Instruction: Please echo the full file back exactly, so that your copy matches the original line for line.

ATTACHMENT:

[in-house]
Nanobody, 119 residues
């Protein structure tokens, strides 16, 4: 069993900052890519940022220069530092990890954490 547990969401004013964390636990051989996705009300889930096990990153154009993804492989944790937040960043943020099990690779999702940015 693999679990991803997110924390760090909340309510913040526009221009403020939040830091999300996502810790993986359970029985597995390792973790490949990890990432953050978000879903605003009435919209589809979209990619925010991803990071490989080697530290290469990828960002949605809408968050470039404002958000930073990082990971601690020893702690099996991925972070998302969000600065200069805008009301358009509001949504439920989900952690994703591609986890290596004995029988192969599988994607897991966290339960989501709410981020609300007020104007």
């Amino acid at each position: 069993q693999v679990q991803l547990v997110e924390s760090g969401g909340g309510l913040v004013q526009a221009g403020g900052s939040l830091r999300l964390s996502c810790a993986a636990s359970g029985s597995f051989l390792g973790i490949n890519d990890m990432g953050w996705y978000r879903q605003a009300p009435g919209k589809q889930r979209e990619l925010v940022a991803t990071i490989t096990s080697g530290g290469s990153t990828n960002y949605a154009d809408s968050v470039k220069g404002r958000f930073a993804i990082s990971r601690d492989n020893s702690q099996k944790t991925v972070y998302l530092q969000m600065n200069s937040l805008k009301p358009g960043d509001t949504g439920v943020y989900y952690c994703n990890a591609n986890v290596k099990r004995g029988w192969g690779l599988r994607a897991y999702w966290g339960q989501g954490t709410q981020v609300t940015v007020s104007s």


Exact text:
[in-house]
Nanobody, 119 residues
């Protein structure tokens, strides 16, 4: 069993900052890519940022220069530092990890954490 547990969401004013964390636990051989996705009300889930096990990153154009993804492989944790937040960043943020099990690779999702940015 693999679990991803997110924390760090909340309510913040526009221009403020939040830091999300996502810790993986359970029985597995390792973790490949990890990432953050978000879903605003009435919209589809979209990619925010991803990071490989080697530290290469990828960002949605809408968050470039404002958000930073990082990971601690020893702690099996991925972070998302969000600065200069805008009301358009509001949504439920989900952690994703591609986890290596004995029988192969599988994607897991966290339960989501709410981020609300007020104007």
């Amino acid at each position: 069993q693999v679990q991803l547990v997110e924390s760090g969401g909340g309510l913040v004013q526009a221009g403020g900052s939040l830091r999300l964390s996502c810790a993986a636990s359970g029985s597995f051989l390792g973790i490949n890519d990890m990432g953050w996705y978000r879903q605003a009300p009435g919209k589809q889930r979209e990619l925010v940022a991803t990071i490989t096990s080697g530290g290469s990153t990828n960002y949605a154009d809408s968050v470039k220069g404002r958000f930073a993804i990082s990971r601690d492989n020893s702690q099996k944790t991925v972070y998302l530092q969000m600065n200069s937040l805008k009301p358009g960043d509001t949504g439920v943020y989900y952690c994703n990890a591609n986890v290596k099990r004995g029988w192969g690779l599988r994607a897991y999702w966290g339960q989501g954490t709410q981020v609300t940015v007020s104007s």